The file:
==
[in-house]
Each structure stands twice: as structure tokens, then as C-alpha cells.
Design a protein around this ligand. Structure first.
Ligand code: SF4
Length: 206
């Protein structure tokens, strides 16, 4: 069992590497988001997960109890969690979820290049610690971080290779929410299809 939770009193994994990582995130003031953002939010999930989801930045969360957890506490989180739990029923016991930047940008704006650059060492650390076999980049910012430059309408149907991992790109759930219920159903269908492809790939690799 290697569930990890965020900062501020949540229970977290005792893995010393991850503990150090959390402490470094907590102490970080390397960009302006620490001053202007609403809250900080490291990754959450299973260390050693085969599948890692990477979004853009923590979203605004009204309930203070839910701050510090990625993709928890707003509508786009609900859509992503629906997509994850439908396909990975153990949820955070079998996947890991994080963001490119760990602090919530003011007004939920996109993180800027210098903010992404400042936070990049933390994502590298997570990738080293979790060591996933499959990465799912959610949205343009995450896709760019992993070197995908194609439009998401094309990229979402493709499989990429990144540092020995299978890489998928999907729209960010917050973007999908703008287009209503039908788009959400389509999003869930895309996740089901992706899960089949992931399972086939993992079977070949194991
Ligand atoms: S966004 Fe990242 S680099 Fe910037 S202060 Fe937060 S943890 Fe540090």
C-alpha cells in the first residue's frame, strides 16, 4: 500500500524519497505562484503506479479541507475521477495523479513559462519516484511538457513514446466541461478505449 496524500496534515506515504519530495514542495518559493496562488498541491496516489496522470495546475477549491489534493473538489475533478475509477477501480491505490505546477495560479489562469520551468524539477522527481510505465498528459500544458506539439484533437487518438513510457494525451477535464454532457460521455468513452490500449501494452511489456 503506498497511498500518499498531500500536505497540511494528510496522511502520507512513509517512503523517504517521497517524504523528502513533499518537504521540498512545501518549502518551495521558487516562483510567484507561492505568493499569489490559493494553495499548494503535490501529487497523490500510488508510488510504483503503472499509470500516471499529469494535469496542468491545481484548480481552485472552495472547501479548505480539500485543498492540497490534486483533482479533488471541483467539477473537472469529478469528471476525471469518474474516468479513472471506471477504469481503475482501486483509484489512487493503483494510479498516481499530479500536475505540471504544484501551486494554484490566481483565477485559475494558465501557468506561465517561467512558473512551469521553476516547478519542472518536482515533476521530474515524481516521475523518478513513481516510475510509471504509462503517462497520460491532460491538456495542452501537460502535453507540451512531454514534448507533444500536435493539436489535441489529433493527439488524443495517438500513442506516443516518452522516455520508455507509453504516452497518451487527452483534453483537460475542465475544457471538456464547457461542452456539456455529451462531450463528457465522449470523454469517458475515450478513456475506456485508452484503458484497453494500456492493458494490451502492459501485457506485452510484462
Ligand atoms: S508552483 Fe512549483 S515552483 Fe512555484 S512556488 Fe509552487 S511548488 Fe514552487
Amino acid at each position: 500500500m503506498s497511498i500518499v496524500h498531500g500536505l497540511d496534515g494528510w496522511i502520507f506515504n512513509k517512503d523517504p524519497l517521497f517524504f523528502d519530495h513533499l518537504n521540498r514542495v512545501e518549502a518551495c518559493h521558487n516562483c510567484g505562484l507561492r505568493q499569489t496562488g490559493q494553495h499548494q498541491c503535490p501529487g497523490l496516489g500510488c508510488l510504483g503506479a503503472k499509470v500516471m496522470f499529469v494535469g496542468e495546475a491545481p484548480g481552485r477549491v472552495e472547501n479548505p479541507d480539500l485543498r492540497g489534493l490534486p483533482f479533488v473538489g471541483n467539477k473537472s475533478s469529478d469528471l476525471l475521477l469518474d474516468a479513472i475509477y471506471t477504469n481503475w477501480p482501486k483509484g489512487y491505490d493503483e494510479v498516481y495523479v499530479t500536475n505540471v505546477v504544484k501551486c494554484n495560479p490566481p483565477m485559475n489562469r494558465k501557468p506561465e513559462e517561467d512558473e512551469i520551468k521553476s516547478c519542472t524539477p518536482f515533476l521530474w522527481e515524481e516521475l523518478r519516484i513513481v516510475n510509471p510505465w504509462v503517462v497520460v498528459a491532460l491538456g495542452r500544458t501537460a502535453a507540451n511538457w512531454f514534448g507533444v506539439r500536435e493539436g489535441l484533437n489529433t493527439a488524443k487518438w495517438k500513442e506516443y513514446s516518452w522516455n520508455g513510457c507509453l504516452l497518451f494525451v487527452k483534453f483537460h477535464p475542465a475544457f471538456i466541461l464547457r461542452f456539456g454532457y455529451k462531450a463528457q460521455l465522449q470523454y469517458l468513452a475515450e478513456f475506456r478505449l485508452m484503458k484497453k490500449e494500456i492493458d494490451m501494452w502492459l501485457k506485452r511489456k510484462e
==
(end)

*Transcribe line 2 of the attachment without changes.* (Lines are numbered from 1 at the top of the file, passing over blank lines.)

Each structure stands twice: as structure tokens, then as C-alpha cells.